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Re: GCC's instrumentation and the target environment


On 11/20/19 4:14 PM, David Taylor wrote:
Sorry for not responding sooner.

Thanks Martin.

Like Joel we have a third party solution to instrumentation.  Part of
my objection to the third party solution is freedom.  There are
customizations we would like, but not having source we're at the mercy
of the vendor both for whether it gets done and the timing.  Part of
the objection is the massive amount of changes I had to make to our
build system to integrate it and the resulting feeling of fragility.
They are reportedly addressing the latter in a future release.

By contrast, looking at GCC based instrumentation, the changes
required to our build system are very small and easy.

Hello.

That sounds promising to me!


Part of my purpose in posting was the belief that this problem --
wanting to instrument embedded code -- is not uncommon and has likely
been solved already.  And the hope that one of the solvers would feel
that their existing solution was in a good enough shape to contribute
back.  Or that someone would point out that there is already an
existing {Free | Open} source solution that I am overlooking.

Well, one quite similar usage will be usage of gcov in linux kernel,
please take a look at kernel/gcov subfolder.


Since no one has mentioned an existing solution, here is a first draft
of a proposed solution to GCC instrumentation not playing well with
embedded...

NOTE: *NONE* of the following has been implemented as yet.  I would
ulimately like this to be something that once implemented would be
considered for becoming part of standard GCC.  So, if you see something
that would impede that goal or if changed would improve its chances,
please speak up.

Add a new configure options --{with|without}-libgcov-standalone-env

Default: without (i.e., hosted)

Question: should hosted libgcov be the default for all configuration
tuples?  Or should it only be the default when there are headers?
Or...?

That's a detail, so let's say we'll have an option that will come up
with a wrappers (__gcov_ # fn).


When standalone, when building libgcov.a files, suppress
-Dinhibit_libc and add -DLIBGCOV_STANDALONE_ENV to the command line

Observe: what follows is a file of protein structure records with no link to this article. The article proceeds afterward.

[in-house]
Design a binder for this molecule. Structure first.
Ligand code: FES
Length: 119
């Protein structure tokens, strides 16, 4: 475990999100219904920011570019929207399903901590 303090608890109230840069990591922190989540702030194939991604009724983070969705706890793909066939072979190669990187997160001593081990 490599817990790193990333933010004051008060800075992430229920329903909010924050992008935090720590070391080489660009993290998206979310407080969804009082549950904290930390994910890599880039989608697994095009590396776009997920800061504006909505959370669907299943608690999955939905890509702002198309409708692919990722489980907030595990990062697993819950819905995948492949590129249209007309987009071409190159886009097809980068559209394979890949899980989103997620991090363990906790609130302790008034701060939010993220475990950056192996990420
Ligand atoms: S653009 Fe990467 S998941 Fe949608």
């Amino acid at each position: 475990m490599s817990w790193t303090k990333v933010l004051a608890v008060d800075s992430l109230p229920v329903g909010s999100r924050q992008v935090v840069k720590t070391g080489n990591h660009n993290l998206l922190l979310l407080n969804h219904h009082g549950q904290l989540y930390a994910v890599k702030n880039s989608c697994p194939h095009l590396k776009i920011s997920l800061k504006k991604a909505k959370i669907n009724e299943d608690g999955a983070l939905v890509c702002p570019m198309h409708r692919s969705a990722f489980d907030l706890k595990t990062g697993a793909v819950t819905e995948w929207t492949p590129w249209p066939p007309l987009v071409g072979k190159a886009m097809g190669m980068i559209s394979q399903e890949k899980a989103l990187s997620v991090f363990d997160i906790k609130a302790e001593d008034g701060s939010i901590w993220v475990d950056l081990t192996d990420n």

switches.

Then in libgcov-driver.c, libgcov-driver-system.c, gcov-io.c, replace

all calls of fopen    with calls of __gcov_open_int
              fread                  __gcov_read_int
	     fwrite                 __gcov_write_int
	     fclose                 __gcov_close_int
	     fseek                  __gcov_seek_int
	     ftell                  __gcov_tell_int

	     setbuf                 __gcov_setbuf_int

	         Probably belongs inside __gcov_open_int instead of as
	         a separate routine.

	     getenv                 __gcov_getenv_int

	     abort                  __gcov_abort_int

                  When the application is 'the kernel' or 'the system',
                  abort isn't really an option.

	     fprintf                __gcov_fprintf_int

                  This is called in two places -- gcov_error and
                  gcov_exit_open_gcda_file.  The latter hard codes the
                  stream as stderr; the former calls get_gcov_error_file
                  to get the stream (which defaults to stderr but can be
                  overridded via an environment variable).

		 I think that get_gcov_error_file should be renamed to
		 __gcov_get_error_file, be made non-static, and be
		 called by gcov_exit_open_gcda_file instead of hard
		 coding stderr.

		 For that matter, I feel that gcov_exit_open_gcda_file
		 should just call __gcov_error instead of doing it's
		 own error reporting.  And __gcov_get_error_file and
		 __gcov_error should be a replacable routines as
		 embedded systems might well have a different way of
		 reporting errors.

	     vfprintf               __gcov_vfprintf_int

	     	 If gcov_open_gcda_file is altered to call
	     	 __gcov_error and __gcov_error becomes a replacable
	     	 routine, then fprintf and vfprintf do not need to be
	     	 wrapped.

	     malloc                 __gcov_malloc_int
	     free                   __gcov_free_int

	         Embedded applications often do memory allocation
	         differently.
	
While I think that the above list is complete, I wouldn't be surprised
if I missed one or two.

That seams reasonable to me and can be easily achieved by a macro that
will either expand to __gcov # fn _ int, or to fn. I can imagine that.


Other than __gcov_open_int, there would be no conflict if the _int was
left off the end.  I put it on to emphasize that these routines were
not meant to be called by the user, but rather are provided by the
user.  Some other naming convention might be better.

There would be a new header file, included as appropriate.  If the
normal (hosted) build was in effect, then some new (potentially one
line static inline) functions would be defined for each of the above
functions that just call the expected standard libc function.  If the
embedded (standalone) build was in effect, then there would be extern
declarations for each of the above, but *NO* definition -- the
definition would be the reposibility of the application.

As mentioned, a macro expansion can do that. And the last missing step,
which you will use, will be linking with additional library that will
implement all the __gcov_fn_int functions.

The suggested approach will need only quite minimal changes to the current
libgcov.

Martin


Comments?

David



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